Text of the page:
I think it is safe to say that most ceilings are ignored when redecorating is in progress. Most people toil over what color to paint the walls, or which wall should be the accent and what color that accent should be. In the end, the walls are covered in a fresh coat of paint and the ceiling remains… white. As an interior designer, I too have left most ceilings white for one reason or another, but every so often I run across the right situation and a courageous client who allows their ceiling to join in the fun. I have recently completed a residential project (above) that included a living room that was the perfect candidate for a dark painted ceiling. Although the client absolutely loves it now, it wasn’t an easy sell. In fact, most people wouldn’t want to deviate away from the white ceiling. It is not because they didn’t have the ceiling heights or imagination to go for it, but rather they are simply accustomed to the norm and never considered the ceiling as “The 5th Wall.” Let’s explore.
This cozy sitting area by Douglas Levine has warm toned linen wallcovering and a dark painted ceiling that almost disappears. I would estimate the actual ceiling height to be about 10ft, but with the ceiling painted it appears taller. Blocks of light colors in the rug helps to contrast the dark elements within the room.
This Benjamin Moore inspirational room has a semi-gloss mocha colored paint to reflect light downward. Although it is difficult to apply a semi-gloss paint on large field without seeing roller trails, this image is an excellent display of how a medium-toned ceiling color can warm up a space without shrinking its appearance. Even using a darker toned metallic paint instead of a gloss or semi gloss will also have this reflective effect.
It is difficult to imagine this dining room without the dark chocolate ceiling to mimic the walls and flooring. These dark elements are contrasted by the off-white base/crown molding that ties into the cream colored furniture. The blue inner chair upholstery and drapery trim adds just a touch of elegance and flair in perfect proportion. This is one dining room certain to make your mouth water!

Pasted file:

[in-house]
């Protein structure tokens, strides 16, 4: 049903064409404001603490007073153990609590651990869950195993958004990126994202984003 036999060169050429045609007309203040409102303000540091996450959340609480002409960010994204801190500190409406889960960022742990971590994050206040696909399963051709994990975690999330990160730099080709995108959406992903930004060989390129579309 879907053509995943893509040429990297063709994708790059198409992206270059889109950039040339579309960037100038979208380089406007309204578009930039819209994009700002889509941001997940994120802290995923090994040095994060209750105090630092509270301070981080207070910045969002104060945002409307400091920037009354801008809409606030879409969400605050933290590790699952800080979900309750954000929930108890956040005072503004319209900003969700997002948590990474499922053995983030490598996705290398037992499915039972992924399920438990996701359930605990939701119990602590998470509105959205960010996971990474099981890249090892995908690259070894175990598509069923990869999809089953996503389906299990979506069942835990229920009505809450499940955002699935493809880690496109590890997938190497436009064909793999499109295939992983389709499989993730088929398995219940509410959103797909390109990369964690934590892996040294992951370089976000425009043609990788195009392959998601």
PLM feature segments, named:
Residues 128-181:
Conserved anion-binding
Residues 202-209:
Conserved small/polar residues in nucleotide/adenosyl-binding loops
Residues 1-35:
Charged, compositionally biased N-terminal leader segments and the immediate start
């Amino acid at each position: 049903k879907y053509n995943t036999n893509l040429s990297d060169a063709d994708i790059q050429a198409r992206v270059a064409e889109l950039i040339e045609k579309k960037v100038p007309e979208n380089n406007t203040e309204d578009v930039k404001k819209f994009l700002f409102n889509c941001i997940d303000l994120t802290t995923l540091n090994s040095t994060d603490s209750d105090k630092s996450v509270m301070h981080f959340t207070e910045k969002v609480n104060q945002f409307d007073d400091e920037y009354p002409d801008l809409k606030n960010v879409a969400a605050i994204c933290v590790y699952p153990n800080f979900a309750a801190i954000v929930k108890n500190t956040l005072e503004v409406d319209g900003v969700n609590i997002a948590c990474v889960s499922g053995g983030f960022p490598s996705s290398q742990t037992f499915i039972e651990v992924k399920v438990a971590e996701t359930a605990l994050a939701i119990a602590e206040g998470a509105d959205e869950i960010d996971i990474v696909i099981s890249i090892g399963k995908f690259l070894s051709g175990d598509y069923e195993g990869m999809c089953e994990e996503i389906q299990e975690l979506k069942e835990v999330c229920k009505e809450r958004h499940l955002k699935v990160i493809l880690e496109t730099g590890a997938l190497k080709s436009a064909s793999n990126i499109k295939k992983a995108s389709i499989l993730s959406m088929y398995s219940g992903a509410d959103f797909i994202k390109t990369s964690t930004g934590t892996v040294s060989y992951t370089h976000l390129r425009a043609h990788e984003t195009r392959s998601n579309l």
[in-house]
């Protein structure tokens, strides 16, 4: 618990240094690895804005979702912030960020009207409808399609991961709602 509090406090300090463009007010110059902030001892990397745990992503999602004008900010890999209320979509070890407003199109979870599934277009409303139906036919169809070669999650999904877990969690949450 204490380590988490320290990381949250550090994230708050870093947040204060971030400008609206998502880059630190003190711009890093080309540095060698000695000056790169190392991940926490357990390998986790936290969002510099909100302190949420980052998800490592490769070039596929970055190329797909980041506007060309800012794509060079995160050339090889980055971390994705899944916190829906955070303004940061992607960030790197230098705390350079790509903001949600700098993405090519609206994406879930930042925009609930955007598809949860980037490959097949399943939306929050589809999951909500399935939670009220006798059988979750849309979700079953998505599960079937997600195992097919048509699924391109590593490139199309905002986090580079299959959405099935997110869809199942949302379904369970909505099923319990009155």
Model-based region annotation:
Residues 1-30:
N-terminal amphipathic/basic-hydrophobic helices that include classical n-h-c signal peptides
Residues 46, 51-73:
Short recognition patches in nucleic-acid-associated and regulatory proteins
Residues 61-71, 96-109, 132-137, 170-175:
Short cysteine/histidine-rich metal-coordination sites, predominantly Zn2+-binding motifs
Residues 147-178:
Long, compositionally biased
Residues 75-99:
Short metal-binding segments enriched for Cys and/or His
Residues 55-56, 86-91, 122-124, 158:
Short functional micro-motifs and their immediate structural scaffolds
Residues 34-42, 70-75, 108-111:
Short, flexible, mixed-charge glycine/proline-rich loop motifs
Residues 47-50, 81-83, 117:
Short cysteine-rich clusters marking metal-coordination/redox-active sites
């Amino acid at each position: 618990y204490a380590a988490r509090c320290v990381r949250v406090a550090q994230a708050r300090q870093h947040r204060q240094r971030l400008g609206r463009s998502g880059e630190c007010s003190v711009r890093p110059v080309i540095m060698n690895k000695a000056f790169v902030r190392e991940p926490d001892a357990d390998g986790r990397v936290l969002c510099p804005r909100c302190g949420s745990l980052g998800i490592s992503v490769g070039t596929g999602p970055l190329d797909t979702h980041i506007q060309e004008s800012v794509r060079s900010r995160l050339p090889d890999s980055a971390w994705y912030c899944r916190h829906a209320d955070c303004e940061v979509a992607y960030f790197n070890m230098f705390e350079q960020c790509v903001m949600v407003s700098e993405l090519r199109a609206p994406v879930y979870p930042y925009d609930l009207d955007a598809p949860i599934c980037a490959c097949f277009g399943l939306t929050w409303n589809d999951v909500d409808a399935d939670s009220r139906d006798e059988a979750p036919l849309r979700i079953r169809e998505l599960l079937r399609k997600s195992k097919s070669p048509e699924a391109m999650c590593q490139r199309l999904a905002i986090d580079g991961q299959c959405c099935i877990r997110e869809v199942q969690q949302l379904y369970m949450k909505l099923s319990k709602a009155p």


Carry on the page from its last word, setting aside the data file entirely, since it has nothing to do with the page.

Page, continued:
This dining room has incredible ceiling heights and a hearty abundance of molding on the ceiling and walls. The off-white color of walls, trim and window treatments are a beautiful contrast to the black floors and ceiling. The gorgeous details of the ceiling medallion would have been lost if it weren’t for the black contrast ceiling paint. Also notice the selective area of black paint within the dining room molding square, but not the ceiling square beyond the molding threshold. This was well thought out and balanced.
This mauve-pink color may not be for everyone, but it definitely makes a statement in an otherwise standard setting. Designer Sara Story used a piece of artwork to inspire this ceiling color. Afterall, the kitchen is the liveliest area of our home, so maybe you’ll think “outside the paint can” next time around.
This Hampton’s home was revamped by interior designer Steven Gambrel who installed this living rooms expansive black plank ceiling. “Rather than making a space feel smaller, as you might expect,” Gambrel says, “it helps to define its outer edges, encouraging visual scale.” Photo by Eric Piasecki for Elle Decor
This uber eccentric living room can launch more than a discussion about painted ceilings. The black flooring and crown molding relate the upper and lower portions of the room, as the walls wear glossy teal blue panels. Gold trim strips conceal the seams on the teal panels, and one might assume that the gold ceiling was inspired by the gold trim. Regardless of how these layers of colors were decided, this designer pulled together a colorful masterpiece. It may not satisfy everyone’s taste but it can surely trump most 5th Walls to boot. Thanks for sharing Elle Decor!